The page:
There was, of course, a great deal of reportage about our working paper that appeared in the early February-April 2022 period. This material was highly repetitive, echoing material presented on February 3rd in either the Science Media Centre press release or the Snopes report. There were several similar reports, but to avoid repetition ourselves, we limit our review to the five reports contained in Figure 20.
The striking feature of the media flow is its unoriginality. Indeed, there is little evidence that the post-Science Media Centre press release authors even engaged in basic “primary” reading of our text, let alone any “critical” reading of the text. What is evident is what Martin Heidegger identified in his 1927 magnum opus Being and Time as “idle talk” (“Gerede”). This is inauthentic discourse, simply adopting and circulating others’ opinions about something without ever engaging in even reading a primary text.
If that was not bad enough, the post-Science Media Centre critiques are clearly biased as they all exclude any mention of Prof. Paton’s favorable appraisals of our working paper. For example, Prof. Paton made the following four points in Science Media Centre (2022):
- “Both parts of the paper (systematic review and the meta analysis) make a significant contribution to our understanding of lockdown effects.”
- “Key to a systematic review like this are the sets of search & exclusion criteria. The paper is very transparent about this which is good. They focus on difference-in-difference empirical studies. i.e. they look at papers which compare the impact of an intervention on mortality by looking before & after, but relative to other areas which did not have the intervention. As a result, modelling studies (like the well-known Flaxman Nature paper) are excluded. That is not controversial.”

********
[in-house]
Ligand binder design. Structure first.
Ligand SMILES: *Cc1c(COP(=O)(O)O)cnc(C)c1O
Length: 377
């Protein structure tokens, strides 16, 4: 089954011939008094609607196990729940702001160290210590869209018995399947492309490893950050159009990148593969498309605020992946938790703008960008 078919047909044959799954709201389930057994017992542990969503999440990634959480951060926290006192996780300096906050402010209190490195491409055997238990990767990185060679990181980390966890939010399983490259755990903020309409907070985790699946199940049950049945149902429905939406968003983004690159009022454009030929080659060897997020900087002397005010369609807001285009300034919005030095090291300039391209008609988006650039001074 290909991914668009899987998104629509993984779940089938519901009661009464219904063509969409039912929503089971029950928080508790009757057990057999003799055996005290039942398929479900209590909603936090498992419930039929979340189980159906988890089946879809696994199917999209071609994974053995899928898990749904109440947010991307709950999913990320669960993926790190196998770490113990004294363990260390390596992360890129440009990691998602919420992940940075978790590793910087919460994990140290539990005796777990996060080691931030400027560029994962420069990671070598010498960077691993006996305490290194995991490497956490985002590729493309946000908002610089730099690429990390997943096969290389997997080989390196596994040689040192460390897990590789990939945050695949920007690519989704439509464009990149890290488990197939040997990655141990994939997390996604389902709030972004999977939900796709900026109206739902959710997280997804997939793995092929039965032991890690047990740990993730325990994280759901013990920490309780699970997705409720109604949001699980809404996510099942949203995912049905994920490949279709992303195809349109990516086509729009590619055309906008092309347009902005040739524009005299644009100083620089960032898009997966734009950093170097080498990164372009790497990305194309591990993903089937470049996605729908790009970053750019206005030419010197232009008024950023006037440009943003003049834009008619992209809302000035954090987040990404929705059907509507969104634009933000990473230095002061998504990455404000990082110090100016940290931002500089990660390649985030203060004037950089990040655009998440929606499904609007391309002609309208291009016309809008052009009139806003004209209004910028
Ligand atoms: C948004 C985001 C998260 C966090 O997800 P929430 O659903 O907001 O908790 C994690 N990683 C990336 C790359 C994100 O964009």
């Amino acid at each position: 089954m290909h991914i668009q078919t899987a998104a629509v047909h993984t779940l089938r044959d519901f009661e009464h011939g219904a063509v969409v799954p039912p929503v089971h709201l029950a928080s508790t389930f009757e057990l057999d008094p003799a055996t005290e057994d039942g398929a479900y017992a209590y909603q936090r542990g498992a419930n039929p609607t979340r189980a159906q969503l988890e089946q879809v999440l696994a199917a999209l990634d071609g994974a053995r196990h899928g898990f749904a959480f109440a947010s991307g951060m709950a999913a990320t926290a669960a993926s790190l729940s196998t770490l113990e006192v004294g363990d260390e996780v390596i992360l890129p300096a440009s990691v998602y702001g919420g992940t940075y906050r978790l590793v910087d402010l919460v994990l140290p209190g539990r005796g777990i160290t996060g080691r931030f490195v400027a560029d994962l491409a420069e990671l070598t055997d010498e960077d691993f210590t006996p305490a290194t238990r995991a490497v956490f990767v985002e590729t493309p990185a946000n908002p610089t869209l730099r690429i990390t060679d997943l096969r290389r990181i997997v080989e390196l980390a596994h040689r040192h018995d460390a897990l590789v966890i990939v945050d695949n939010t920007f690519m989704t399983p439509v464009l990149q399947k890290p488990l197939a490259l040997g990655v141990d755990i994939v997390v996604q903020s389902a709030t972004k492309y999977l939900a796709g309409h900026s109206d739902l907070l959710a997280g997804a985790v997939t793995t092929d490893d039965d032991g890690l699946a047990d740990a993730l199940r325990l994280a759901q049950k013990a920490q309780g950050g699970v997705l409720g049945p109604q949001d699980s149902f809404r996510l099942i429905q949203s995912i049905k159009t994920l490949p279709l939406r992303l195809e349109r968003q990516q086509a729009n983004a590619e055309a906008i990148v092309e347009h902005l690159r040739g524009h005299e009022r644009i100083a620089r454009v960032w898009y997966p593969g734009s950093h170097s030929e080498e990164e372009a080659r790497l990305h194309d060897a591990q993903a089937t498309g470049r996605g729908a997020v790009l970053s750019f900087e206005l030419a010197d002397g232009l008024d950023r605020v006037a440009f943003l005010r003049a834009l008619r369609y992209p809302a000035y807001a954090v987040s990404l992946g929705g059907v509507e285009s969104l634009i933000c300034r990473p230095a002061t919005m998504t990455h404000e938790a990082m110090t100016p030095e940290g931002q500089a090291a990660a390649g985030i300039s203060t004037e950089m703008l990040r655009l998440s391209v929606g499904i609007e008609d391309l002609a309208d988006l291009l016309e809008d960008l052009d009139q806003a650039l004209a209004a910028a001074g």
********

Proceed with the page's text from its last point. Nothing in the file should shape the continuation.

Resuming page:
- “[The result] is pretty consistent with other, non-systematic reviews (e.g. Herby & Allen) which is reassuring. It is also consistent with the (few) studies which look at the impact on overall excess mortality.”
- “More marginal in my view is their exclusion of synthetic control method (SCM) papers. Some of these papers find a significant impact of NPIs on mortality so including them might have led to somewhat higher average mortality effects. The paper gives a robust defence of their exclusion, but I think you would get people on both sides of that debate.”
As illustrated in Figure 21, none of these positive comments saw the light of day in the “fact checking” that followed the Science Media Centre’s press release on February 3rd. That’s because the new cottage industry called “fact checking” has arguably become highly politicized. As a result, there is not much fact checking, but rather opinions about whether the so-called fact checkers agreed or disagreed with the policy implications or conclusions of what they are supposed to be fact checking. So, for the most part, fact checkers were not engaged in fact checking, but were engaged in publishing opinion and narrative. By hiding behind the shroud of ‘facts’ and ‘fact-checking’, they have attempted to cast doubt, in our case, via innuendo.
In closing this Appendix, we would like to indicate that we received extensive private reviews and comments on our working paper. After all, that’s the purpose of publishing working papers. Our professional correspondents did engage in a serious primary reading of our working paper and made many useful comments and suggestions. Most of their names appear in our thank-you note following the abstract.
We engaged in a thorough review and revision of our January 21st, 2022 working paper. We can report that one error of commission was found in the original. It was not detected by any fact checkers or by those we corresponded with, but by us. The error was a computational error that involved logarithms. It was ‘small’ and did not materially affect our results.